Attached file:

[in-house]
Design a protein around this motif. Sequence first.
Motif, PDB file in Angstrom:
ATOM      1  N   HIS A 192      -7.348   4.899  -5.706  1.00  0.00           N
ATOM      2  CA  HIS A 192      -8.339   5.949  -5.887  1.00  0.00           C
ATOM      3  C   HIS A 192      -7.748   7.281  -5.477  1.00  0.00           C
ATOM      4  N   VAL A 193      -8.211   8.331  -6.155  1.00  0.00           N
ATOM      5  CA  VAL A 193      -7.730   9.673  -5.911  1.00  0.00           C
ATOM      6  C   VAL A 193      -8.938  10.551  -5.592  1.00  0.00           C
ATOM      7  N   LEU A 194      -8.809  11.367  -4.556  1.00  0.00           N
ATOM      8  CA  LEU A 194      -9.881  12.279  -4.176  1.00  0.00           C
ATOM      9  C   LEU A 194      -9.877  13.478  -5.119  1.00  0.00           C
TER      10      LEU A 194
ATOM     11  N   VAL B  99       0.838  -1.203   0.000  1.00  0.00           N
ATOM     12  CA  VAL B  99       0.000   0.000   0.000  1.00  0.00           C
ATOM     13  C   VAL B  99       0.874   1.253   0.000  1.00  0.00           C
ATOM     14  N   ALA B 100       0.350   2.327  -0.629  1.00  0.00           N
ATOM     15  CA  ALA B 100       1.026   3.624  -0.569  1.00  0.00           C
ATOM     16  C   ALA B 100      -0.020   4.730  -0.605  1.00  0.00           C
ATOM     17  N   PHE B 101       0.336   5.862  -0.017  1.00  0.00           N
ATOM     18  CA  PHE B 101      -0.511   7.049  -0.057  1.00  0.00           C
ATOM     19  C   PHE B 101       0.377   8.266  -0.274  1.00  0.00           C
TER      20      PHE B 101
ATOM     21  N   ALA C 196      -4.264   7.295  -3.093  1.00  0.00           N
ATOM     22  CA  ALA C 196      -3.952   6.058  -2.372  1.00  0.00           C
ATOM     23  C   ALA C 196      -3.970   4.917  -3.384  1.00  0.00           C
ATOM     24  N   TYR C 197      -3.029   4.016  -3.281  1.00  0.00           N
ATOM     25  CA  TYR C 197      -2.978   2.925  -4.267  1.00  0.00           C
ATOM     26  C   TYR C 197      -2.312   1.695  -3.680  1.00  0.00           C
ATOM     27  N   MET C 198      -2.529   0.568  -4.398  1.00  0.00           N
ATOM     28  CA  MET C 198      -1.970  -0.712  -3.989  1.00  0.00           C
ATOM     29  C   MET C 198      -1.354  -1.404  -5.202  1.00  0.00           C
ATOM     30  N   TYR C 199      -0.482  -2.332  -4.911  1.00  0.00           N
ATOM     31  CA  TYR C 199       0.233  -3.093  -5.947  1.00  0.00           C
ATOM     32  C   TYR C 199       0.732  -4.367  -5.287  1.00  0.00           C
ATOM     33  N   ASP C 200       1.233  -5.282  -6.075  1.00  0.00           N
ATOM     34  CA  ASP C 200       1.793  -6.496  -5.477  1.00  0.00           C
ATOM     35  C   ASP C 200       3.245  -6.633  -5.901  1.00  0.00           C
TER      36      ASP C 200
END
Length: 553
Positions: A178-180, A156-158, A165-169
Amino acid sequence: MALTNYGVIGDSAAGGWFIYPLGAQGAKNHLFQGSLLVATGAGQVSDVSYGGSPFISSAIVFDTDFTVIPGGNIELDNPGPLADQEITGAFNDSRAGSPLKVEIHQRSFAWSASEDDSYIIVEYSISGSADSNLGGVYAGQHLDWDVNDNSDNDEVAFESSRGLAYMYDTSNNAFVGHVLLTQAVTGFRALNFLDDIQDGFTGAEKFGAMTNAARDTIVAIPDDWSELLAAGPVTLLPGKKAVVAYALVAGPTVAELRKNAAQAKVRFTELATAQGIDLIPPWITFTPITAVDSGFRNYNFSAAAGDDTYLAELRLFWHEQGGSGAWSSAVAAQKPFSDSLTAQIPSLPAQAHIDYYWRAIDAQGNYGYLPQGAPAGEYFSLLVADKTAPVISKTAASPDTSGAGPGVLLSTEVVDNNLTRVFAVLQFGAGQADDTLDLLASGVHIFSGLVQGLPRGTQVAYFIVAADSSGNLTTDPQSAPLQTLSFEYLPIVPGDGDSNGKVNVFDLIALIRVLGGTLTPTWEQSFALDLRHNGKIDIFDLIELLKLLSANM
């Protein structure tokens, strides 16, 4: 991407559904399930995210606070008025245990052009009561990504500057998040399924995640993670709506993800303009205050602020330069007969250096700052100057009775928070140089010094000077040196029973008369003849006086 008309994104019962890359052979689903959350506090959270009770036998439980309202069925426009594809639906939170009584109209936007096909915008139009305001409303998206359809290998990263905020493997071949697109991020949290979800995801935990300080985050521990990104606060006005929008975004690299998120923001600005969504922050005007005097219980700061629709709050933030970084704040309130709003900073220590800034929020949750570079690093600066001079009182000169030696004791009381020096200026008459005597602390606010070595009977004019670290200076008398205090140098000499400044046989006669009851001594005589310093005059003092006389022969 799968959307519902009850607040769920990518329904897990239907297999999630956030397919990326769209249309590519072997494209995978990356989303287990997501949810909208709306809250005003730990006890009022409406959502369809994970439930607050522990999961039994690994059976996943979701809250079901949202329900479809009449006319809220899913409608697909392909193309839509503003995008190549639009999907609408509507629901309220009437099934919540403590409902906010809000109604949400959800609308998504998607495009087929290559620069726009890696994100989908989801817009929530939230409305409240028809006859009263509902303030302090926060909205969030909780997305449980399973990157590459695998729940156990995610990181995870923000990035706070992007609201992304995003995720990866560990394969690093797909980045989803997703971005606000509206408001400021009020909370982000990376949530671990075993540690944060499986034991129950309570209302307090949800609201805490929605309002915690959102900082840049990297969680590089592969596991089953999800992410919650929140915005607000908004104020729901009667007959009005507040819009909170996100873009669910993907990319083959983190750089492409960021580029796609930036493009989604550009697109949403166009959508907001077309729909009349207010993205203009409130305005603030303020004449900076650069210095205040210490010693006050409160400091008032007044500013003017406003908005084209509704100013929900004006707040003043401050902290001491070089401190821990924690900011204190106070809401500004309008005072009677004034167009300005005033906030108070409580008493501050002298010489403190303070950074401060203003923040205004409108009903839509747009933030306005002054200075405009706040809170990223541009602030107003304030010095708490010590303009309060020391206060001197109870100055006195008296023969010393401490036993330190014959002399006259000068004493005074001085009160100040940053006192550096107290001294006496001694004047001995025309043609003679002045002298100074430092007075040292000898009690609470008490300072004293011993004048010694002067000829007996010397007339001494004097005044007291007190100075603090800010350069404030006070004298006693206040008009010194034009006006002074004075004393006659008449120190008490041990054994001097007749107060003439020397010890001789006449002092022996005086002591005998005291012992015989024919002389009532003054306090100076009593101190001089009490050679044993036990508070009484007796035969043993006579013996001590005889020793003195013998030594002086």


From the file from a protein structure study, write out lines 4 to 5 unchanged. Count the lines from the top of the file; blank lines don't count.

ATOM      1  N   HIS A 192      -7.348   4.899  -5.706  1.00  0.00           N
ATOM      2  CA  HIS A 192      -8.339   5.949  -5.887  1.00  0.00           C